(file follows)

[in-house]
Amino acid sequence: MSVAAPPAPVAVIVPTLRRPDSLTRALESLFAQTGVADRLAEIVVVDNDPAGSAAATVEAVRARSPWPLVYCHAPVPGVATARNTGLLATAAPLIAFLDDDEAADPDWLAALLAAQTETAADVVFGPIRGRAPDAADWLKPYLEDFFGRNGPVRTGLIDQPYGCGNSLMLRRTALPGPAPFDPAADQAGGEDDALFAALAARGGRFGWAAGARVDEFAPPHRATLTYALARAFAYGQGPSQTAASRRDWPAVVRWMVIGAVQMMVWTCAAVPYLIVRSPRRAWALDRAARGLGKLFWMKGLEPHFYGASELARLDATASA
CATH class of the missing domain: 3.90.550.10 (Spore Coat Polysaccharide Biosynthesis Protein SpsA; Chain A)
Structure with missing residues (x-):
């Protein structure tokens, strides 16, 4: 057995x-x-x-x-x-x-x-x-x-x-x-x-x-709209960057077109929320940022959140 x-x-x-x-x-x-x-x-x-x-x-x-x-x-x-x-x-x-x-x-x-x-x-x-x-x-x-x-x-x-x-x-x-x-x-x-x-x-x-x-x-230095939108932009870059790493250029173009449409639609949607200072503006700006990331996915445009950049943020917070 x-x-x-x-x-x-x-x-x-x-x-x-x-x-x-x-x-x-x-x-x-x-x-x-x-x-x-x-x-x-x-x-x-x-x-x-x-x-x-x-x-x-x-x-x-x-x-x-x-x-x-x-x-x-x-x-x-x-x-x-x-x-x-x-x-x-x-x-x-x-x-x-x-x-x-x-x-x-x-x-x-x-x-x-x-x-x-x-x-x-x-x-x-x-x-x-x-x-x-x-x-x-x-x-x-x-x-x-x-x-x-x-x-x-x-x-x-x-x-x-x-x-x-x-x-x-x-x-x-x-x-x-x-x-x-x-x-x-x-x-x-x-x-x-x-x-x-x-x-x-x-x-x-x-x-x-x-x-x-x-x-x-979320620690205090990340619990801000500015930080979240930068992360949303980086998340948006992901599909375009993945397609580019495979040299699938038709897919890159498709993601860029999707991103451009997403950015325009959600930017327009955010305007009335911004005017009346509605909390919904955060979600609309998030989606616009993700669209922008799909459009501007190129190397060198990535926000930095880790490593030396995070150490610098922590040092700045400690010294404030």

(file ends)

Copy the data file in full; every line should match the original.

[in-house]
Amino acid sequence: MSVAAPPAPVAVIVPTLRRPDSLTRALESLFAQTGVADRLAEIVVVDNDPAGSAAATVEAVRARSPWPLVYCHAPVPGVATARNTGLLATAAPLIAFLDDDEAADPDWLAALLAAQTETAADVVFGPIRGRAPDAADWLKPYLEDFFGRNGPVRTGLIDQPYGCGNSLMLRRTALPGPAPFDPAADQAGGEDDALFAALAARGGRFGWAAGARVDEFAPPHRATLTYALARAFAYGQGPSQTAASRRDWPAVVRWMVIGAVQMMVWTCAAVPYLIVRSPRRAWALDRAARGLGKLFWMKGLEPHFYGASELARLDATASA
CATH class of the missing domain: 3.90.550.10 (Spore Coat Polysaccharide Biosynthesis Protein SpsA; Chain A)
Structure with missing residues (x-):
């Protein structure tokens, strides 16, 4: 057995x-x-x-x-x-x-x-x-x-x-x-x-x-709209960057077109929320940022959140 x-x-x-x-x-x-x-x-x-x-x-x-x-x-x-x-x-x-x-x-x-x-x-x-x-x-x-x-x-x-x-x-x-x-x-x-x-x-x-x-x-230095939108932009870059790493250029173009449409639609949607200072503006700006990331996915445009950049943020917070 x-x-x-x-x-x-x-x-x-x-x-x-x-x-x-x-x-x-x-x-x-x-x-x-x-x-x-x-x-x-x-x-x-x-x-x-x-x-x-x-x-x-x-x-x-x-x-x-x-x-x-x-x-x-x-x-x-x-x-x-x-x-x-x-x-x-x-x-x-x-x-x-x-x-x-x-x-x-x-x-x-x-x-x-x-x-x-x-x-x-x-x-x-x-x-x-x-x-x-x-x-x-x-x-x-x-x-x-x-x-x-x-x-x-x-x-x-x-x-x-x-x-x-x-x-x-x-x-x-x-x-x-x-x-x-x-x-x-x-x-x-x-x-x-x-x-x-x-x-x-x-x-x-x-x-x-x-x-x-x-x-x-979320620690205090990340619990801000500015930080979240930068992360949303980086998340948006992901599909375009993945397609580019495979040299699938038709897919890159498709993601860029999707991103451009997403950015325009959600930017327009955010305007009335911004005017009346509605909390919904955060979600609309998030989606616009993700669209922008799909459009501007190129190397060198990535926000930095880790490593030396995070150490610098922590040092700045400690010294404030």